The presence of SARS-CoV-2 in human feces (Xiao et al., 2020) highlights the importance of incorportating cleaning and disinfection regimens in toilets and restrooms as well as developing protocols to prevent aerosolization of virus particles during flushing. The use of quartenary ammonium (alkyl dimethyl benzyl ammonium chloride) and peracetic acid was effective in coliphage MS2 redution on surfaces after flushing (Sassi et al., 2018). The use of biocides effective against SARS-CoV-2 in toilet bowls apart from cleaning could be considered in light of the information presented in this review.

Efficacy of Biocides Against Coronaviruses

Estimation of Virucidal Activity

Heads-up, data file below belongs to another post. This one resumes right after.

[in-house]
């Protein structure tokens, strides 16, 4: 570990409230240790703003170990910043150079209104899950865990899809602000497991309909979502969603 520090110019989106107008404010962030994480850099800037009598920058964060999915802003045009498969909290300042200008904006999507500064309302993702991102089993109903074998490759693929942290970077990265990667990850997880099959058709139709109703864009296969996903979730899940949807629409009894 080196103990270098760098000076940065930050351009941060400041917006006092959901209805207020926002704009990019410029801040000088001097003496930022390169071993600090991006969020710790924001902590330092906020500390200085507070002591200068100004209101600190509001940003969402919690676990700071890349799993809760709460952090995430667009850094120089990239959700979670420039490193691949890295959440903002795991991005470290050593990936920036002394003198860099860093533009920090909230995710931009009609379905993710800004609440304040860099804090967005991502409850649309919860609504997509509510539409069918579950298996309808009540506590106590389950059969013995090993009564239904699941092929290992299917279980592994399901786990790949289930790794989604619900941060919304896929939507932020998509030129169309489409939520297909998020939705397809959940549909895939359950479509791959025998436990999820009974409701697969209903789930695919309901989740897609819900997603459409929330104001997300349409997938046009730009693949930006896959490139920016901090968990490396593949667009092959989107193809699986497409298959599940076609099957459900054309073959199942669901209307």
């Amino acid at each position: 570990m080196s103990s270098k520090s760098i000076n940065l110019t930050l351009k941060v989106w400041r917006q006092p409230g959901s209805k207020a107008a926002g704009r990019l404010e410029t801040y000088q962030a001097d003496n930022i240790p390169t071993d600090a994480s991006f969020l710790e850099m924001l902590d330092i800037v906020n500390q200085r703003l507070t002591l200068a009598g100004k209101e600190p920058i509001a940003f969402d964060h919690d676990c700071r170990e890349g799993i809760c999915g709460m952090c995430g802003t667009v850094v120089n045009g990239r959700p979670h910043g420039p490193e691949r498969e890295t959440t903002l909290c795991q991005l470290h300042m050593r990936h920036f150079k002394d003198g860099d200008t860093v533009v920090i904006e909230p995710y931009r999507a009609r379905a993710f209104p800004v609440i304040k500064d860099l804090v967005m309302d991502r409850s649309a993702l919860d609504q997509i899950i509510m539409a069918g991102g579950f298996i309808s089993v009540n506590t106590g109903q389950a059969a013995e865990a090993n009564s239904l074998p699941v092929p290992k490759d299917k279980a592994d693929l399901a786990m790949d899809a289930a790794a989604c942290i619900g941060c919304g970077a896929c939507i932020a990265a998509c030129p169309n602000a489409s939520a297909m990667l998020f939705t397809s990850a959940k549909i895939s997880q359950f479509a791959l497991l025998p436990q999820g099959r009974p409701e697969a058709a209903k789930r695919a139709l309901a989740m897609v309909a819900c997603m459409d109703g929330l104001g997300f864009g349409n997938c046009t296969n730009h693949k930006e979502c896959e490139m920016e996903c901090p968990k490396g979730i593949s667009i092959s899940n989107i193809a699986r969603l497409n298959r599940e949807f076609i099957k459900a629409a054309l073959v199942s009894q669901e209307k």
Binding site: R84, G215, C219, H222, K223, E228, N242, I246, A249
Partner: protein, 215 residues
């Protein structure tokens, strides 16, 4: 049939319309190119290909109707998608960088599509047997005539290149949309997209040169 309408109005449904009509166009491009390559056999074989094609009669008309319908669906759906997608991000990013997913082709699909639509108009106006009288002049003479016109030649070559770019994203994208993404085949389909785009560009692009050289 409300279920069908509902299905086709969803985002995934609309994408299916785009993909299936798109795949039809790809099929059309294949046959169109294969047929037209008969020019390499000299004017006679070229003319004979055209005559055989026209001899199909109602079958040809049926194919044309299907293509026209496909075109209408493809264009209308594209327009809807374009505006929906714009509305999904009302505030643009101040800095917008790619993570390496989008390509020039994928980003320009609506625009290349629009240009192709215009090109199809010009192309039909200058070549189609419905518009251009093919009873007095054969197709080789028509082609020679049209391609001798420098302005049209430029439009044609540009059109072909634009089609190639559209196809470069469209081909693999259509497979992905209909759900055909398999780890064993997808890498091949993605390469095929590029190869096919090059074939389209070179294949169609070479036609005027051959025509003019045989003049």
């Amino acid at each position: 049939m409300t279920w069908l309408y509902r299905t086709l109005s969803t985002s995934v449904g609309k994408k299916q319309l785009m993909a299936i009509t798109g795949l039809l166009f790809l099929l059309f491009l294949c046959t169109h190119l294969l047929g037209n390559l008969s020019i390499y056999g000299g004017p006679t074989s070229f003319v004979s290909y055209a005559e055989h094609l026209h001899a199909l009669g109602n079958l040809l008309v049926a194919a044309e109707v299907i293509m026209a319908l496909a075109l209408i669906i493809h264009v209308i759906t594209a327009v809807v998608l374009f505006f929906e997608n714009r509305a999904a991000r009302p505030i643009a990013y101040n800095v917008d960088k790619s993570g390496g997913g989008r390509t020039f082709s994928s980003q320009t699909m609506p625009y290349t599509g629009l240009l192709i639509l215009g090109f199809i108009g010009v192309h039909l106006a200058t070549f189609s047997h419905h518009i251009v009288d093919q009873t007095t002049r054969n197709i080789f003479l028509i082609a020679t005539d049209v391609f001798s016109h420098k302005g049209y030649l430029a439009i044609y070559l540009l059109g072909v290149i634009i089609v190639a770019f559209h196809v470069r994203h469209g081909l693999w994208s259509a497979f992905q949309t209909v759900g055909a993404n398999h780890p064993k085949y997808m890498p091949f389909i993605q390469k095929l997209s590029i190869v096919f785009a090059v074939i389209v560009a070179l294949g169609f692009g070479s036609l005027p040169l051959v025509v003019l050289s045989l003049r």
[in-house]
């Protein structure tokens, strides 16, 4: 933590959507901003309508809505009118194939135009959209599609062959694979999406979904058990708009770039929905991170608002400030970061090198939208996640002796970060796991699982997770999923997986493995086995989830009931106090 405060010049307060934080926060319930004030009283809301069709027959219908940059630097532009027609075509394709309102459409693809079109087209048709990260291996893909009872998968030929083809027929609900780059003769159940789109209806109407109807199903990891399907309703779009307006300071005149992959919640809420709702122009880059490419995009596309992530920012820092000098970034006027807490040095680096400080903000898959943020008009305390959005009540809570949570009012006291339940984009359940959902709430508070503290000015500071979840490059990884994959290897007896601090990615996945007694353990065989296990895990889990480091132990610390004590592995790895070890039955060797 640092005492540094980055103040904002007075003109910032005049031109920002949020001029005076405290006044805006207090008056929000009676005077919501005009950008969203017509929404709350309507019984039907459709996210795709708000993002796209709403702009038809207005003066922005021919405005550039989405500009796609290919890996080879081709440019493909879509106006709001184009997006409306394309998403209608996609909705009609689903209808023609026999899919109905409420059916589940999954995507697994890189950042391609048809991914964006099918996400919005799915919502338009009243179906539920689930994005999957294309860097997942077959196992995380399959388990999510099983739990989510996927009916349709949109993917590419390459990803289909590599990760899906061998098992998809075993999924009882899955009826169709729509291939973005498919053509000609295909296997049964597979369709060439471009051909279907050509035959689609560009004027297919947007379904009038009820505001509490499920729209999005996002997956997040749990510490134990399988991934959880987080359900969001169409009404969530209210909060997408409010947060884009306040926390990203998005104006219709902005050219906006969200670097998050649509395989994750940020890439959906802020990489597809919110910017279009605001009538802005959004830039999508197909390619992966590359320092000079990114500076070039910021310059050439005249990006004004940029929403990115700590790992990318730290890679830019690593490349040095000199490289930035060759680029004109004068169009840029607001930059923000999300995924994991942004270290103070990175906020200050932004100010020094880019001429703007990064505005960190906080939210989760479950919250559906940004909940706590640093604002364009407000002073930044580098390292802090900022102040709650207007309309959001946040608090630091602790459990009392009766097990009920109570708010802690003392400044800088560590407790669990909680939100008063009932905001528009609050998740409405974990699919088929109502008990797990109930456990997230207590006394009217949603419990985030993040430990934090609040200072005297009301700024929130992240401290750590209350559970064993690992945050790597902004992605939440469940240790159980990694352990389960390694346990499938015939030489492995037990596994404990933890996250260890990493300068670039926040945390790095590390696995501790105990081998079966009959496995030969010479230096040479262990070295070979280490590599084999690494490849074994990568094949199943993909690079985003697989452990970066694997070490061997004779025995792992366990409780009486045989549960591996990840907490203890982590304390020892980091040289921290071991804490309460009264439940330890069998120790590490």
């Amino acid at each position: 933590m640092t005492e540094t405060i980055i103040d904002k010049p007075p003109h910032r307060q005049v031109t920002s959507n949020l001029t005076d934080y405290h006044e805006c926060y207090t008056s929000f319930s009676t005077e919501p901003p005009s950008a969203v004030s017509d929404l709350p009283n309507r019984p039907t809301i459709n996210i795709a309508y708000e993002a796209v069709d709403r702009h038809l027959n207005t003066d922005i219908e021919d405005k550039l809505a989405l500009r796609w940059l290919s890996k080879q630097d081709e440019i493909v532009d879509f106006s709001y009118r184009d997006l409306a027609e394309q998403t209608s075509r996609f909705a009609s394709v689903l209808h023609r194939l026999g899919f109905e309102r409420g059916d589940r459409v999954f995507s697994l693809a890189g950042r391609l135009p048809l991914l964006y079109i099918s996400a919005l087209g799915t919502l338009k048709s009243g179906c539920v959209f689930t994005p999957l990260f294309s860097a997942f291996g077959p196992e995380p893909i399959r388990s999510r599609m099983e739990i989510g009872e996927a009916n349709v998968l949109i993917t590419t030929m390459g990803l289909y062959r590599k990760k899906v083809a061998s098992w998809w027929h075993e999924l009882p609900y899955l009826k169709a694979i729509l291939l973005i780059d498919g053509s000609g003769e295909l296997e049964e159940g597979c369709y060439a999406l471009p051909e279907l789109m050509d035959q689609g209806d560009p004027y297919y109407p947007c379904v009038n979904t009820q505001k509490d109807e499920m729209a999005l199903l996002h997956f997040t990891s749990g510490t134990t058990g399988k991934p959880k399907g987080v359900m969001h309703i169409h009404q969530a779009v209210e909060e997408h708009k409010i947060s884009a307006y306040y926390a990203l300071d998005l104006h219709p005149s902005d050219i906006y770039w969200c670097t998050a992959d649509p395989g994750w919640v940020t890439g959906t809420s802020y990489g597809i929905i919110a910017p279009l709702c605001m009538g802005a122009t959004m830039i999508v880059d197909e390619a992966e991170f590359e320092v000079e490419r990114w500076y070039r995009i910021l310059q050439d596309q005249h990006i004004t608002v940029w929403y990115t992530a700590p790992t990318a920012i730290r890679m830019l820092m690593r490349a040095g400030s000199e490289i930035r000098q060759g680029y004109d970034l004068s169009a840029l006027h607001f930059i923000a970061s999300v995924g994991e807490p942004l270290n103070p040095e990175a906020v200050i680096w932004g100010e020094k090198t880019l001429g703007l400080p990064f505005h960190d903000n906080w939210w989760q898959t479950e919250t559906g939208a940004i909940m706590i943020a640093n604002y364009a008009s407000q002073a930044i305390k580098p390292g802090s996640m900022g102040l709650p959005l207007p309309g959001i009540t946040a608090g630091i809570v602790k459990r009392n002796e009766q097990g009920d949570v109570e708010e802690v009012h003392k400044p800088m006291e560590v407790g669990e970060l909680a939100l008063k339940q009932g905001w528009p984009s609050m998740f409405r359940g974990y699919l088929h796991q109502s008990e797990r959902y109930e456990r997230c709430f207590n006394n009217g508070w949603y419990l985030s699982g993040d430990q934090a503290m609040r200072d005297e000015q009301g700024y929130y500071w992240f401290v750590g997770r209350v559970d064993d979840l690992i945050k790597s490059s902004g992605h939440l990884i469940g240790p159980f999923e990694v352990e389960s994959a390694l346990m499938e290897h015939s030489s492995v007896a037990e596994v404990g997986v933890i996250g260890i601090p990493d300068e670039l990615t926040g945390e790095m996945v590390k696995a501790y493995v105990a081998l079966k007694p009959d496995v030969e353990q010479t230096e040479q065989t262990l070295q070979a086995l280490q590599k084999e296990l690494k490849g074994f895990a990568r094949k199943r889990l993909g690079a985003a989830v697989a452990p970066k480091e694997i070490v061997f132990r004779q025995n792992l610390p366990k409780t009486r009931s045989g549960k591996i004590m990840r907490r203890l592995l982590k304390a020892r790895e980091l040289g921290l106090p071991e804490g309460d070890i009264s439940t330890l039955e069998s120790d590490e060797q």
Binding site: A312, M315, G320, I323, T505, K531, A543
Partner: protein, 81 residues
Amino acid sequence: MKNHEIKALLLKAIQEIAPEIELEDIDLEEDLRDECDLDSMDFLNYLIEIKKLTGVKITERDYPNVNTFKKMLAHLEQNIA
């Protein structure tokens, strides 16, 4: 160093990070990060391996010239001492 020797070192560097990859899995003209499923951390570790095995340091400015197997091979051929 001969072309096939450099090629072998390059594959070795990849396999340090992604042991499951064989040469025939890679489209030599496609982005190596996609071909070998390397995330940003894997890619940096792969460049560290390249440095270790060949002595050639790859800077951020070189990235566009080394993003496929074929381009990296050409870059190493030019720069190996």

Virucidal activity can be determined by suspension tests as well as carrier tests that mimic surfaces and evaluate the performance of biocides in the presence of organic loads through the addition of serum. Viral reduction is determined by infectivity assays where treated viruses are compared to untreated controls for the reduction in viral cytopathic effects (CPE) on tissue culture monolayers. Surviving fractions determined through Log10 reductions are enumerated either by viral plaque assays, a most probable number (MPN) assay, or by determining the 50% titration endpoint for infectivity (known as tissue culture infectious dose 50% or TCID50 assay). Plaque forming units (PFU) are proportional to TCID50 titer by a factor of 0.56 (Wulff et al., 2012). RT-PCR for the estimation of viral nucleic acid using threshold cycle (Ct value) has also been used to determine viral load. Reduction factors are calculated using the difference in the quotient of the infection titer before and after exposure to the antimicrobial agent (Rabenau et al., 2005b) According to the Environmental Protection Agency (EPA), an acceptable disinfectant claim requires a 4 log10 reduction in the human norovirus surrogate, feline calicivirus (FCV) (EPA, 2017). European countries recommend the use of other viral surrogates such as murine norovirus (MNV) or adenovirus type 5 (AdV-5) for testing (Rabenau et al., 2014). Criticisms for suspension tests include that they do not mimic “real world” conditions, which should be taken into consideration while determining virucide selection for disinfection of surfaces soiled with organic matter and other substances that could reduce efficacy. Results regarding the virucidal activity of disinfectants using non-enveloped surrogates translate well to the more susceptible enveloped viruses, such as coronaviruses. Several factors such as target strain, testing of biocide against virus in suspension vs. drying and use of protein supplementation play important roles in influencing viral particle stability and loss of infectivity during the determination of virucidal activity (Rabenau et al., 2005a).